Watching an NDTV interview with Arundhati Roy on YouTube about her long awaited second novel, The Ministry of Utmost Happiness, I can’t help but notice that the first comment below it, the one with the highest number of likes, simply says, “Send her to Pakistan.”
To explain that remark, a little context. Twenty years ago Roy was working as a screenwriter for independent Indian cinema when she wrote her first novel, The God of Small Things. Her fiction was given astounding international reception, it won The Man Booker Prize and was translated into 42 languages. But immediately afterwards, she vocally gave up writing fiction to address reality. As an activist she took up a number of contentious causes which went against Indian nationalist narratives. Like Kashmiri separatism and the Naxalite-Maoist movement from West Bengal. She also took up environmental causes, wrote scathing essays on politics and capitalism, and how the former was more and more derivative of the latter, with corporate interests dictating public policy.
She became a celebrity activist, an immensely popular woman, the face of political liberalism in India; a face that became recognisable outside of South Asia too, in some instances perhaps even more so. She’s met with and written on the NSA whistleblower Edward Snowden. She’s critiqued the American invasion of Afghanistan and Iraq.
All of this meant that by 2017 she was in equal parts deified and vilified. Some years ago she went back to fiction, or as she says in the NDTV interview, “Fiction came back to me”. She started a new book which was published earlier this month.
The release of this book has been met with more fanfare than any single piece of literature in South Asia. She has already completed book launch tours of the UK and the USA, given interviews, done meet and greets, book signings and readings in front of live audiences. Everywhere from universities to libraries to official consulates; from Los Angeles to London, from Harvard to Cambridge. She’s been reviewed in The New Yorker, The New York Times, The Guardian and a hundred other publications. The Atlantic calls it a “fascinating mess”.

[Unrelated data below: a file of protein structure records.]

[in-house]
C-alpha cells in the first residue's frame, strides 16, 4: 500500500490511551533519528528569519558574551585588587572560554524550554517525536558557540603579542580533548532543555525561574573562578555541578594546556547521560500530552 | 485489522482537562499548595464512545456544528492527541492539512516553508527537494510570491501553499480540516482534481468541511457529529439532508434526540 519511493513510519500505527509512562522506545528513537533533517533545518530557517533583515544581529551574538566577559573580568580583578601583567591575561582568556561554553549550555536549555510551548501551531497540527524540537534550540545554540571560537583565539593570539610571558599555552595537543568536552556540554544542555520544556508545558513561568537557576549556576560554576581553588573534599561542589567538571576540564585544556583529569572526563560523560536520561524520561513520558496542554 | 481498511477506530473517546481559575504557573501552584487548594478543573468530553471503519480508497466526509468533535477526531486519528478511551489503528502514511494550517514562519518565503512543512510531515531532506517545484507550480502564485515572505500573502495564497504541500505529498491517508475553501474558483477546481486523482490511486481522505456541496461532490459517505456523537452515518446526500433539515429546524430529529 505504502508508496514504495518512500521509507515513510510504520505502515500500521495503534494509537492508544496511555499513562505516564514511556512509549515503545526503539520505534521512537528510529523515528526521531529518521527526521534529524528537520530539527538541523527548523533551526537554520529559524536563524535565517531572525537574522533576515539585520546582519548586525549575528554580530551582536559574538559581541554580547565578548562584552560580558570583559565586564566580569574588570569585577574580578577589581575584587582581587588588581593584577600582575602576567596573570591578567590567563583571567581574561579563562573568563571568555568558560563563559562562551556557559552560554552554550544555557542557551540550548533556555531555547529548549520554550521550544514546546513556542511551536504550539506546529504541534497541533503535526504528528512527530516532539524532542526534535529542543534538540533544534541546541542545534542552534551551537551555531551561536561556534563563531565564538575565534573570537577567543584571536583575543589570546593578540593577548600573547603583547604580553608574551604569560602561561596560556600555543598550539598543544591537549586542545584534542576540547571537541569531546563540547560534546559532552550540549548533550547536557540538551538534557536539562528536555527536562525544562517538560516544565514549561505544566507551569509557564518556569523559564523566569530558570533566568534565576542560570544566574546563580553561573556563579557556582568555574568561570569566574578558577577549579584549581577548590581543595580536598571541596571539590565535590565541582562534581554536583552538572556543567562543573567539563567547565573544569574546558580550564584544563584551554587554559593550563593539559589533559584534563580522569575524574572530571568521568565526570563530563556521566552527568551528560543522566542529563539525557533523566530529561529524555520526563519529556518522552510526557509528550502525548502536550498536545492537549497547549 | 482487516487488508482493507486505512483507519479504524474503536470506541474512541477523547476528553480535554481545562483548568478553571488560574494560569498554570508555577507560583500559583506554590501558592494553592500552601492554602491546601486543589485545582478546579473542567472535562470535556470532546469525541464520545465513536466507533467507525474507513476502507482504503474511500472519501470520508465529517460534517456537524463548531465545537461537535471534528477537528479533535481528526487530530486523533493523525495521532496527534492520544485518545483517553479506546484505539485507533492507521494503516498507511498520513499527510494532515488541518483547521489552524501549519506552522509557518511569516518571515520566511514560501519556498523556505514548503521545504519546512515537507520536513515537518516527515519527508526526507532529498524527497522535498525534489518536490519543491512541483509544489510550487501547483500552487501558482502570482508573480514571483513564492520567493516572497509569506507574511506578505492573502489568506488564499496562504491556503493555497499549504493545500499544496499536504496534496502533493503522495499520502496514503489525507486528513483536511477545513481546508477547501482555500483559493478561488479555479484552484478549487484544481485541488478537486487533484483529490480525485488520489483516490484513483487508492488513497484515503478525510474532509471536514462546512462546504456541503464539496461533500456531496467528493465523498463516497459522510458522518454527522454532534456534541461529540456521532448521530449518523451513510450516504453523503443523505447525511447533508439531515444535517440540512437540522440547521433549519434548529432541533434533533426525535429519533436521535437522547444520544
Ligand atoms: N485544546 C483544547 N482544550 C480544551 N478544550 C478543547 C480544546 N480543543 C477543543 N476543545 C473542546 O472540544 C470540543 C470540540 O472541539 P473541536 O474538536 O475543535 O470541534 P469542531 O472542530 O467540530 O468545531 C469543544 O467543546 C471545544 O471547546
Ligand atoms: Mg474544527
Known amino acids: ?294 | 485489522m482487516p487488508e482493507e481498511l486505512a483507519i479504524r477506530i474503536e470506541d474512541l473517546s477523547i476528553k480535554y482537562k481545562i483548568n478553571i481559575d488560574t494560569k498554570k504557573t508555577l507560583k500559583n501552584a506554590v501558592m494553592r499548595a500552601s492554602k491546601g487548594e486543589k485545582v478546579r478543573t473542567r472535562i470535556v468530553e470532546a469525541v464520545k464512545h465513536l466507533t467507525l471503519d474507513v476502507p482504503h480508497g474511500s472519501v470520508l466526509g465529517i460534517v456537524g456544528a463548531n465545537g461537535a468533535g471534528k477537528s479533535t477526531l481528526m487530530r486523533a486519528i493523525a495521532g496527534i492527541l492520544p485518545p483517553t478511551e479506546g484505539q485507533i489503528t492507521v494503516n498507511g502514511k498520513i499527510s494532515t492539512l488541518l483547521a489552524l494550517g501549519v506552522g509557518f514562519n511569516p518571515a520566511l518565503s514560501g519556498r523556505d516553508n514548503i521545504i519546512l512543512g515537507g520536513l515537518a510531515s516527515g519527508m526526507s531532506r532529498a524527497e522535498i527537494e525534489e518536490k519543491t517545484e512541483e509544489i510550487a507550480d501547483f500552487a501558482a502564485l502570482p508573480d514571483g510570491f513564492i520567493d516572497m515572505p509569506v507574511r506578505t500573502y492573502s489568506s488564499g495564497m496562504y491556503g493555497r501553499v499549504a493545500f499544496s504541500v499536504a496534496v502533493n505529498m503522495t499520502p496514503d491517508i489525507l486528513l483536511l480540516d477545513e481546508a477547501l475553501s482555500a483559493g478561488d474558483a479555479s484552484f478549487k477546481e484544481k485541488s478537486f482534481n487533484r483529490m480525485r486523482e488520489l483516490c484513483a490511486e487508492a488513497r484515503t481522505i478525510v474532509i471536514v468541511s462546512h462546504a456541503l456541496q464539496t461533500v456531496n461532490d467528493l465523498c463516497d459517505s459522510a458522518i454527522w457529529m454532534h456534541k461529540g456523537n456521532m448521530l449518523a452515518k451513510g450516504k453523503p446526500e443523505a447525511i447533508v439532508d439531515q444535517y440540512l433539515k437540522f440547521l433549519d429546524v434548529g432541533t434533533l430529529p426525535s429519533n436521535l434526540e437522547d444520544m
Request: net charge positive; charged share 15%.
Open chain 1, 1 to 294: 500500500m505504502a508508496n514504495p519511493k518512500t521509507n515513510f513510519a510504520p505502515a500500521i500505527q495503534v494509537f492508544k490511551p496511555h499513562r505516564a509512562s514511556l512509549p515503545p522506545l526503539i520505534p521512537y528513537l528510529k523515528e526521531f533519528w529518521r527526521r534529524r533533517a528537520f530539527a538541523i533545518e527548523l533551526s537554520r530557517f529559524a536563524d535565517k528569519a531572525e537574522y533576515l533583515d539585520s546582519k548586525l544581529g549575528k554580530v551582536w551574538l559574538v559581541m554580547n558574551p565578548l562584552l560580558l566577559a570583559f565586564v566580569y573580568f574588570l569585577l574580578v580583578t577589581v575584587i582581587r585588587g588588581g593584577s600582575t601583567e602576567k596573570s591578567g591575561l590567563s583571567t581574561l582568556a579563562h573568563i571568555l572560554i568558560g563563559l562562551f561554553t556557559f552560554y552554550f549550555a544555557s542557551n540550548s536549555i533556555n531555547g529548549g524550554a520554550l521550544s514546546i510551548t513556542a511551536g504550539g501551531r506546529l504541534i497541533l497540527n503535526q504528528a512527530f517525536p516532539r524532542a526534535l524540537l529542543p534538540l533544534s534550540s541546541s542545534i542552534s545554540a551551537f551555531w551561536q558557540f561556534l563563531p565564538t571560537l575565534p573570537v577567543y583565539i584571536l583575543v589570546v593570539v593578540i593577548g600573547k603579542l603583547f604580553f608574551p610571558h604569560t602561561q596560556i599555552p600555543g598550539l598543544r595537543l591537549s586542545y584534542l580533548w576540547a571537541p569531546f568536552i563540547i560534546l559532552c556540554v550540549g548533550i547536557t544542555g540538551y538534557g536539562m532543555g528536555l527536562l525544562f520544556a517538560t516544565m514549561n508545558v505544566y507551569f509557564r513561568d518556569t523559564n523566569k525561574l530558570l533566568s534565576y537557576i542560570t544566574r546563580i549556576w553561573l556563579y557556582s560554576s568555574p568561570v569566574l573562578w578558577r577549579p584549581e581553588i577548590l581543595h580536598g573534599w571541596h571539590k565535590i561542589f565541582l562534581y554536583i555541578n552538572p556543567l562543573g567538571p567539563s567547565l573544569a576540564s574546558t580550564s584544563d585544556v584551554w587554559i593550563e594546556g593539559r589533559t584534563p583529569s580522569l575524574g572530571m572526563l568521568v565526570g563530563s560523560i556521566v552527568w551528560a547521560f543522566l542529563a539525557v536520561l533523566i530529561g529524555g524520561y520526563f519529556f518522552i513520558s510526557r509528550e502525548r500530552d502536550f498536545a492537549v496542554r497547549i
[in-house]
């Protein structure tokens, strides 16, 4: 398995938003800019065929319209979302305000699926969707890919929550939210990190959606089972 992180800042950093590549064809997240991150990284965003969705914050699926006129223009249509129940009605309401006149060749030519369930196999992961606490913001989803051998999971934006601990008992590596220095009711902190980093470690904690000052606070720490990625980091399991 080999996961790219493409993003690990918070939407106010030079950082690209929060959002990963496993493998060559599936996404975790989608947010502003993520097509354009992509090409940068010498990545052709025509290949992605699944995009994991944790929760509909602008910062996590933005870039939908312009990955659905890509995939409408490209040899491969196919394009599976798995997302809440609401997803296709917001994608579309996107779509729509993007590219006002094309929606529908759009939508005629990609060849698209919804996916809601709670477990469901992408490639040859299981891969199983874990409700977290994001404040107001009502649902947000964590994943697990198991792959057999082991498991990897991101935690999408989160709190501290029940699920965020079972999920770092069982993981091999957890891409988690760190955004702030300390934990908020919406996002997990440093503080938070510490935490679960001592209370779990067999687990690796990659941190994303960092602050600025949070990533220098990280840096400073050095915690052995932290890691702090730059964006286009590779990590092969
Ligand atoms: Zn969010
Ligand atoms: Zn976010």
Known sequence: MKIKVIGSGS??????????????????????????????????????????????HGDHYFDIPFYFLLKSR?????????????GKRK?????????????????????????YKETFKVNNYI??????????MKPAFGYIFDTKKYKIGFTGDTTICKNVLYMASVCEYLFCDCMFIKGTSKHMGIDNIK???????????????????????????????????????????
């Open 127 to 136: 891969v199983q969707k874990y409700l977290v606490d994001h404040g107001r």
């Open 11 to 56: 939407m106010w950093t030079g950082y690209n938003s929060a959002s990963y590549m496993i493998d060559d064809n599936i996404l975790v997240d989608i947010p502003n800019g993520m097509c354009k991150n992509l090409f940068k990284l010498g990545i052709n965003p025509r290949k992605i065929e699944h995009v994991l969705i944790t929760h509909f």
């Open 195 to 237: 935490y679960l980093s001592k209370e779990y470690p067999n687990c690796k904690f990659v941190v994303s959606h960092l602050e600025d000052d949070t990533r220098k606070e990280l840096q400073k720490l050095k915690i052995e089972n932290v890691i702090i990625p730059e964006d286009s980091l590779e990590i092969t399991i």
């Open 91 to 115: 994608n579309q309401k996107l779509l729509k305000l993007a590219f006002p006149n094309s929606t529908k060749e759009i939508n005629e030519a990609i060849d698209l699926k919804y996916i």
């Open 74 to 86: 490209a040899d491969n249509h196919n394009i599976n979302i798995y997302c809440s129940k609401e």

The book has been reviewed so extensively that there are now reviews of the reviews; in Scroll India and Outlook India commenting on how divisive the reviews are; and this one in Dailyo critiquing how reviewers are looking to pick apart her personal life and the 20-year wait instead of analysing the book, that separation of author and text made sacred by postmodernist thought.
In an interview published in The Guardian, before the book’s release, she says she sat down with her literary agent one day to discuss which publishing house to pick for her sophomore manuscript. She was, after all, one of the most sought after writers in the world. The offers were lavish and abundant. She is quoted as saying she let her characters decide which publisher to go with. She talked to the characters of her book and they settled on Alfred K. Knopf. This bit of prerelease hijinkery also got her a lot of press.
For a woman who’s become a living, breathing myth, conscious marketing gimmicks seem an unlikelihood simply due to a lack of necessity. Would it have mattered had she not said her characters lived with her and she converses with them all the time? Would it have meant that the book would not have made it straight to the bestseller shelves? I doubt it.
In a sense the phenomenon that is Arundhati Roy was fomented when Penguin India became the first international publishing house to open its doors to the second most populous country in the world, an explosion of English language publications and publishers followed, by now India is the second highest producer of English language books, right behind the United States. So Roy is not so much as marketing her book as fulfilling obligations of demand and supply.